How to Design a Capability Statement

Welcome back! In the previous post, How to Create a Compelling Capability Statement, I reviewed the basics of what to include in your capability statement. Today, i’m going to address design. A good graphic designer can definitely be a huge asset if you can afford one. If not, have no fear because I’ll walk  you through some basics here. You can also find a number of one and two page customizable MS Word templates here.


Now that you’ve created content for each of the sections, you’re probably wondering how you’re supposed to fit all of it into one page (two, if absolutely necessary). And no, you may not use teeny, tiny font to make it fit. There are a number of different formats and layouts you can use, just be sure to incorporate your branding, which means your logos, colors, fonts, etc. If you haven’t established branding or created a logo yet, that’s okay; just be sure to keep it professionaladd a bit of color and make sure the font is easy to read.

Here are a few more design tips:

  • Remember, whitespace is your friend.  More whitespace allows the eyes to quickly scan from one section to another.
  • You don’t need to cram everything into this document for it to be meaningful. Use bulleted and numbered lists to break up text. Bold key words.
  • Don’t over design. Unless you are a graphic design firm, try not to get too crazy with the colors, layout and font choices. If you are a graphic design firm, a little extra flair is a good thing!
  • Red font on a blue background and blue font on a red background are bad. Don’t do it. Just don’t.
  • And for the love of all that is good in the world, do not use clip art.  Every time clip art is used, a graphic designer’s kitten dies.

Following are a few sample layouts and a few generic examples of capability statements. Feel free to replicate or make your own.


  1. Capabilities
  2. Past Performance
  3. Differentiators
  4. Company Data
  5. Contact Info
  6. Logo and Document Title: Capability Statement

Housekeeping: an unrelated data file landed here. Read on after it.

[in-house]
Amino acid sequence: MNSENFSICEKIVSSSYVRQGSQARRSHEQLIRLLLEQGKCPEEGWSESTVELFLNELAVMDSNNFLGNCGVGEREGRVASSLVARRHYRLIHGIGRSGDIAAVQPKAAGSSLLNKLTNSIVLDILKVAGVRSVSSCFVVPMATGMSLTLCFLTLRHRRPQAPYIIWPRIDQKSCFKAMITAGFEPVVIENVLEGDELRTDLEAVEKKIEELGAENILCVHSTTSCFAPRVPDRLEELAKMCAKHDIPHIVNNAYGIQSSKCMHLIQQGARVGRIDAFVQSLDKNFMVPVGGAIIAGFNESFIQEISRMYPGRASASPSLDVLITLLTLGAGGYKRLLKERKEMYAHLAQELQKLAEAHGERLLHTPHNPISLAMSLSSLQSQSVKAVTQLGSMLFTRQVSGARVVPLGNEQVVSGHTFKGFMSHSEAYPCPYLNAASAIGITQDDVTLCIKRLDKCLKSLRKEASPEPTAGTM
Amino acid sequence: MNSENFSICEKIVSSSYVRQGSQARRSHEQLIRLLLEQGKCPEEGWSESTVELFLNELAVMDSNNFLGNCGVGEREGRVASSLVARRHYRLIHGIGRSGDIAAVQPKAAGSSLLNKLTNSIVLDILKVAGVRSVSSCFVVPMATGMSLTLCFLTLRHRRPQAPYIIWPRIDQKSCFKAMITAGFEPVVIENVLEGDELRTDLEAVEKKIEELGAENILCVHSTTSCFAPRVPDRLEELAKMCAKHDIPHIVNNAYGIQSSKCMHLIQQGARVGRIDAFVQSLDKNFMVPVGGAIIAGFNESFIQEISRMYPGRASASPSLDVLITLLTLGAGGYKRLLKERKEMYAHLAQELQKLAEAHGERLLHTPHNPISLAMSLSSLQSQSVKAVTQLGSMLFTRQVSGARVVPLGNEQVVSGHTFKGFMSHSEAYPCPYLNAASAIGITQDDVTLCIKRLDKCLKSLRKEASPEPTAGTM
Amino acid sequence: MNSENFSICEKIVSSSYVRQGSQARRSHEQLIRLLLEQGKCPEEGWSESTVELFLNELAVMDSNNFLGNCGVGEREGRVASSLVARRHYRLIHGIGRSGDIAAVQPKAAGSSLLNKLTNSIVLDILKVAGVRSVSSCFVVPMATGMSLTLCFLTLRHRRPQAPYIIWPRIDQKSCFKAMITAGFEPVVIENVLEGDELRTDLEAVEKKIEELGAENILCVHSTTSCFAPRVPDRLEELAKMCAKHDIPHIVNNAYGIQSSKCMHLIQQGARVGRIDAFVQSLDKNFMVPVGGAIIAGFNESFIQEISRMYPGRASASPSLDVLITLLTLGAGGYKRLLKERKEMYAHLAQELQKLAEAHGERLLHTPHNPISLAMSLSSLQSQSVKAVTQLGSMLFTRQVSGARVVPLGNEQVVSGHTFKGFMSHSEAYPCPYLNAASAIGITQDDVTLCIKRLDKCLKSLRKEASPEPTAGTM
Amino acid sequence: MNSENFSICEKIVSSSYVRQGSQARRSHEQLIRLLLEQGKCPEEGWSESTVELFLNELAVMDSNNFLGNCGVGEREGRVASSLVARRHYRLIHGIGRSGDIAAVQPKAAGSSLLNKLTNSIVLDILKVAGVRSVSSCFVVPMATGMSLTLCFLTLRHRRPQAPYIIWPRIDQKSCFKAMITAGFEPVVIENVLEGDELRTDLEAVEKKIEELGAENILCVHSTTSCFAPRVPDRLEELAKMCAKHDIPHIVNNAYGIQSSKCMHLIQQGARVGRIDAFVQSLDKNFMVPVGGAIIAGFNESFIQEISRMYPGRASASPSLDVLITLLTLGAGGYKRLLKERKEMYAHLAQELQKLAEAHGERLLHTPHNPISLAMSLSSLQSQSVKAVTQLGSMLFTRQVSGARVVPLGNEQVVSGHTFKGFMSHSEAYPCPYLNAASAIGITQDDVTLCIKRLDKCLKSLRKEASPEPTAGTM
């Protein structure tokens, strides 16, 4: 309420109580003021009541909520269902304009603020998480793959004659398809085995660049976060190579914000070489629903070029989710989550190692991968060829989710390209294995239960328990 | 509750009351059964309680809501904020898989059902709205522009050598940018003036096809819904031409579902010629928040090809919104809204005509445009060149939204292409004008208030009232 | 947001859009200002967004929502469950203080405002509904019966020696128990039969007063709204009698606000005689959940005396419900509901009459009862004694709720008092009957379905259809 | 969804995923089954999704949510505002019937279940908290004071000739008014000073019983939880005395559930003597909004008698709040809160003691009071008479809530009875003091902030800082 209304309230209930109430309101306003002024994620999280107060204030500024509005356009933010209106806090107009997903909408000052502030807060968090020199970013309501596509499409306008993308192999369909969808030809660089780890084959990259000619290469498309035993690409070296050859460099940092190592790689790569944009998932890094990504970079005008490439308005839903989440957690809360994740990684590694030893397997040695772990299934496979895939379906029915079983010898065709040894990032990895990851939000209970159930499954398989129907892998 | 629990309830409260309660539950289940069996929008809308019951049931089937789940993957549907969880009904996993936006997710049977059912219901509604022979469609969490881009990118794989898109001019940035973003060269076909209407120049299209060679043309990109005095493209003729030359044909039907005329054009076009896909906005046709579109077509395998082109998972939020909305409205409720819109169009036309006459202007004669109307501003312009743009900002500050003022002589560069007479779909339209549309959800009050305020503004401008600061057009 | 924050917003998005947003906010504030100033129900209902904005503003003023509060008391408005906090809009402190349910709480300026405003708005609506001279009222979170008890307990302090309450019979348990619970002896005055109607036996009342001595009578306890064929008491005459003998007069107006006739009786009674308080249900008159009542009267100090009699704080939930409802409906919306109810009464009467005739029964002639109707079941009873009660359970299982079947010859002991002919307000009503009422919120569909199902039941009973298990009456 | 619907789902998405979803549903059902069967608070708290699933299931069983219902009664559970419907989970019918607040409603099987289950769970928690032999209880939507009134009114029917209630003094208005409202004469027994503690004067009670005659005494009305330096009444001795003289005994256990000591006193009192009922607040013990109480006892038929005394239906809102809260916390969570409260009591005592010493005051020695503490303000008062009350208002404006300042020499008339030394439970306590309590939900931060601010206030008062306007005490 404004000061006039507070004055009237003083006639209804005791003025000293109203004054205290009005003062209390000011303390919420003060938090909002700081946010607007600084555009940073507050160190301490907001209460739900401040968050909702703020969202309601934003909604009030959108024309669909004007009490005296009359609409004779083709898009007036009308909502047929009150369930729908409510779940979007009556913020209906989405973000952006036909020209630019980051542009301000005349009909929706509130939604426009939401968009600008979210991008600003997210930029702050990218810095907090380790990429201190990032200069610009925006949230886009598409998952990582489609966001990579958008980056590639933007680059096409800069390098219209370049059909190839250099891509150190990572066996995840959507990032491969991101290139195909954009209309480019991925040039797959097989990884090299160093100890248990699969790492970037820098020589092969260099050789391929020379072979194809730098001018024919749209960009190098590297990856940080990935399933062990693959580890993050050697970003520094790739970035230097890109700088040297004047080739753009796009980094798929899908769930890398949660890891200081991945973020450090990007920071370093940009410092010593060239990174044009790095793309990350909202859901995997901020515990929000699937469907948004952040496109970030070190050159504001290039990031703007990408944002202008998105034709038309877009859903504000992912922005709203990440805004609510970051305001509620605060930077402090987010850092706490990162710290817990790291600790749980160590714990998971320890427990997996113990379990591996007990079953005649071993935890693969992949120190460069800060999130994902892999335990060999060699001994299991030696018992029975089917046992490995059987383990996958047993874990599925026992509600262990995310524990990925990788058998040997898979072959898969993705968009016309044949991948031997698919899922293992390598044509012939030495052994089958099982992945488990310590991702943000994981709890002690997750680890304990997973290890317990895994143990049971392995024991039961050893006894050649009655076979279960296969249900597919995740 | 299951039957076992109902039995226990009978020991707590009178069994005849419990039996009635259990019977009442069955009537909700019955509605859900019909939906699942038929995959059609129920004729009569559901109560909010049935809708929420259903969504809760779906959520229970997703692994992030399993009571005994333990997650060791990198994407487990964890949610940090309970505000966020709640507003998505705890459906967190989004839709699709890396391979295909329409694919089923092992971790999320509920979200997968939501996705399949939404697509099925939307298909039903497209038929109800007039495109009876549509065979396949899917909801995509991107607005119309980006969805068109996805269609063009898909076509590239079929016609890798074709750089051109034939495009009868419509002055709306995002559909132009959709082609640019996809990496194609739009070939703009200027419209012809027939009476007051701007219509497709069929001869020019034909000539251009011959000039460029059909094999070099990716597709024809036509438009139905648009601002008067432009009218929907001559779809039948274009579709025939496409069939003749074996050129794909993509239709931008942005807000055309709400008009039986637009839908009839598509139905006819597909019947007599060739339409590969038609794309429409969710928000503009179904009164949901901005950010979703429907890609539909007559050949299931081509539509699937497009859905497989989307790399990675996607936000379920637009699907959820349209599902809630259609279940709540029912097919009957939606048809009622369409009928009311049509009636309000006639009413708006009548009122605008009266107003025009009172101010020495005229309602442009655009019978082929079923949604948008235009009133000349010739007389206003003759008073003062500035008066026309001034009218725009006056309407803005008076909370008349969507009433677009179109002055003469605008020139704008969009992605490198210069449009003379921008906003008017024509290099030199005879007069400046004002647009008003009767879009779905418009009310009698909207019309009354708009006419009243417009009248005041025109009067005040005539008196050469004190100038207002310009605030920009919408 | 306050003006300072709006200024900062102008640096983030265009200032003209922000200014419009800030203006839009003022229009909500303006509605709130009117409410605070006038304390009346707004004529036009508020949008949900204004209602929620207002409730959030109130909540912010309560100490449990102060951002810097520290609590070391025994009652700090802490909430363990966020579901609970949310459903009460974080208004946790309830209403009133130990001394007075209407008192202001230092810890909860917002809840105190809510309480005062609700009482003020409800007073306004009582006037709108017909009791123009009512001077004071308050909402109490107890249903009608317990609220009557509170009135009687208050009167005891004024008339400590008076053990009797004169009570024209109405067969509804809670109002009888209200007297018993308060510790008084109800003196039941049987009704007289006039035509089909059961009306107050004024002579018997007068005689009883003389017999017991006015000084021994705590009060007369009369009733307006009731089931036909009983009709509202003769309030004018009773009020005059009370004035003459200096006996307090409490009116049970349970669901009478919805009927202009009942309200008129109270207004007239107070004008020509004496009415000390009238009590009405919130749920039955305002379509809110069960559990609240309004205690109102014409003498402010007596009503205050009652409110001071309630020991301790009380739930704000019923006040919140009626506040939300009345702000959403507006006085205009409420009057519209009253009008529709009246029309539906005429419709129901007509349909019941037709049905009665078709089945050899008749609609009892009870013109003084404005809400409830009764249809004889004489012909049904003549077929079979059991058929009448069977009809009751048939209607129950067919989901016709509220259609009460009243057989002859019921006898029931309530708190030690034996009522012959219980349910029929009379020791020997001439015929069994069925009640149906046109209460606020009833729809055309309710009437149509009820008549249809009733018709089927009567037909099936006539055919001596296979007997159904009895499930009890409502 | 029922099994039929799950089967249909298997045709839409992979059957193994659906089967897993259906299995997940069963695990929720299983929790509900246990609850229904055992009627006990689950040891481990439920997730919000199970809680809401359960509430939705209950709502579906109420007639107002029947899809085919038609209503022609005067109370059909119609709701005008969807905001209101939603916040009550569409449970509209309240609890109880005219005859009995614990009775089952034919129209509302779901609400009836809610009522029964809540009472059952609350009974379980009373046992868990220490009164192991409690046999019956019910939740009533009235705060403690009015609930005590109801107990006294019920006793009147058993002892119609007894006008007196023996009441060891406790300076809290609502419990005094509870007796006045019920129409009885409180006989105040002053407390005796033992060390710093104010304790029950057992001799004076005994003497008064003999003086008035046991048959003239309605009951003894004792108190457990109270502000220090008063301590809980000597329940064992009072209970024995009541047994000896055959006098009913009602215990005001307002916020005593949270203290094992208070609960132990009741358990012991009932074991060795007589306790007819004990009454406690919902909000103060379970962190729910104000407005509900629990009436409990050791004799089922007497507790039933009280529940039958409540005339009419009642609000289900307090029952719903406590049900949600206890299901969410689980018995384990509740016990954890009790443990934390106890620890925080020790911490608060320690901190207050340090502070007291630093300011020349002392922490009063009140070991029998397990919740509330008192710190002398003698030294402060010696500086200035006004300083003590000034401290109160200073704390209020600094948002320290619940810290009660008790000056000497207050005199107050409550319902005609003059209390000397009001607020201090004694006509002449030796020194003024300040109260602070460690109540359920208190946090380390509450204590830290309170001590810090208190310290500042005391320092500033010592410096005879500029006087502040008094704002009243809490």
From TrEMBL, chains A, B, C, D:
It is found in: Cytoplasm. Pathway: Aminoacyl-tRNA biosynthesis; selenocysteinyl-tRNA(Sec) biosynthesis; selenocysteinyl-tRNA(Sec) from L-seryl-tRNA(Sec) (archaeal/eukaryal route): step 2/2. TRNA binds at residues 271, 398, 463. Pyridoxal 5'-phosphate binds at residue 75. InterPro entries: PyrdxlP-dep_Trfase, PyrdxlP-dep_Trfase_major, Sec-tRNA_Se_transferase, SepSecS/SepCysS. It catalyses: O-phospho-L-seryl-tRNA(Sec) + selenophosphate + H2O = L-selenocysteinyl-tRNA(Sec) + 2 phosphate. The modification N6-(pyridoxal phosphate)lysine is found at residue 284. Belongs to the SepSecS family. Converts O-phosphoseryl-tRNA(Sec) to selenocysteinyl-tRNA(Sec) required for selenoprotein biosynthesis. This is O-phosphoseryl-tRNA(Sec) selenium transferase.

Sample Layouts

Layout Sample:

Sample Layout

That’s it for now. Remember, you can also find a number of one and two page customizable MS Word templates here. In the next post, I’ll talk about customizing your Capability Statement.

Have some tips or questions? Please share in the comments section below.

Have a great day!


This post was written by
A reformed corporate rock star with a serious addiction to food porn. She is a serial blogger, small business coach, and lover of casual Friday's. When not writing, researching, or coaching, she can be found working on her other blog(s) or watching action hero cartoons with her boys.

2 Comments on "How to Design a Capability Statement"

  • Harith Razaa

    The sample outlines are very helpful. Often FedBiz opportunities ask for a capability statement. Is this what they are asking for? Another question, What if you have multiple contract vehicles? We are on several teams. So we have CIO SP3 (large and SB), GSA Alliant (LB); HRSA (large and Small Business in different task areas); and SAMHSA (large and SB, again, in different task areas. I am uncertain about how important this is?

    • Yes, this is exactly what FedBiz Opps is asking for. Think of the capability statement as a calling card for your business. It’s a quick summary of the services and/or products your company has to offer and provides all of the relevant information about your company in one location – licenses, certifications, core competencies, differentiators, etc. While you may have the same information on your website, most won’t take (or don’t have) the time to comb through the site to find out if you’re qualified for a particular project or contract.

      As for the different task areas and contracts, you can customize your capability statement as needed to highlight the skills important to that particular opportunity. Think of it as a cover letter for your resume. For each job to which you apply, you submit a customized cover letter highlighting the specific reasons your background and experience uniquely qualify you for the position.

      I’ll be posting an article later today that specifically talks about customizing your capability statement, so stay tuned!

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